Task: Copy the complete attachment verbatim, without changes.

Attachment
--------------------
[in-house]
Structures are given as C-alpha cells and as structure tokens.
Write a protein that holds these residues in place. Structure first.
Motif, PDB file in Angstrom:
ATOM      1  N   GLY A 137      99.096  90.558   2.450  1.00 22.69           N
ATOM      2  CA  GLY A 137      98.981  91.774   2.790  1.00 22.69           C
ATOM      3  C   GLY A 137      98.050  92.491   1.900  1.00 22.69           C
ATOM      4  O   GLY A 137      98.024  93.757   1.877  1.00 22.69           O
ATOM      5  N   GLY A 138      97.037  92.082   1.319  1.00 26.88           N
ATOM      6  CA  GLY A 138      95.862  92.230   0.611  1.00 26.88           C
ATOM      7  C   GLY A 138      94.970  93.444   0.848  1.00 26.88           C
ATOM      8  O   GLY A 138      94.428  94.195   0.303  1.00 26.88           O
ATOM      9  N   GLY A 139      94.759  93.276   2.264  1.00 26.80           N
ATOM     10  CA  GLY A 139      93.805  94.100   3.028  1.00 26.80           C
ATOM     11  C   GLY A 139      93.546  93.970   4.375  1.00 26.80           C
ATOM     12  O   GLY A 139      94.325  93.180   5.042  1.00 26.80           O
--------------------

[in-house]
Structures are given as C-alpha cells and as structure tokens.
Write a protein that holds these residues in place. Structure first.
Motif, PDB file in Angstrom:
ATOM      1  N   GLY A 137      99.096  90.558   2.450  1.00 22.69           N
ATOM      2  CA  GLY A 137      98.981  91.774   2.790  1.00 22.69           C
ATOM      3  C   GLY A 137      98.050  92.491   1.900  1.00 22.69           C
ATOM      4  O   GLY A 137      98.024  93.757   1.877  1.00 22.69           O
ATOM      5  N   GLY A 138      97.037  92.082   1.319  1.00 26.88           N
ATOM      6  CA  GLY A 138      95.862  92.230   0.611  1.00 26.88           C
ATOM      7  C   GLY A 138      94.970  93.444   0.848  1.00 26.88           C
ATOM      8  O   GLY A 138      94.428  94.195   0.303  1.00 26.88           O
ATOM      9  N   GLY A 139      94.759  93.276   2.264  1.00 26.80           N
ATOM     10  CA  GLY A 139      93.805  94.100   3.028  1.00 26.80           C
ATOM     11  C   GLY A 139      93.546  93.970   4.375  1.00 26.80           C
ATOM     12  O   GLY A 139      94.325  93.180   5.042  1.00 26.80           O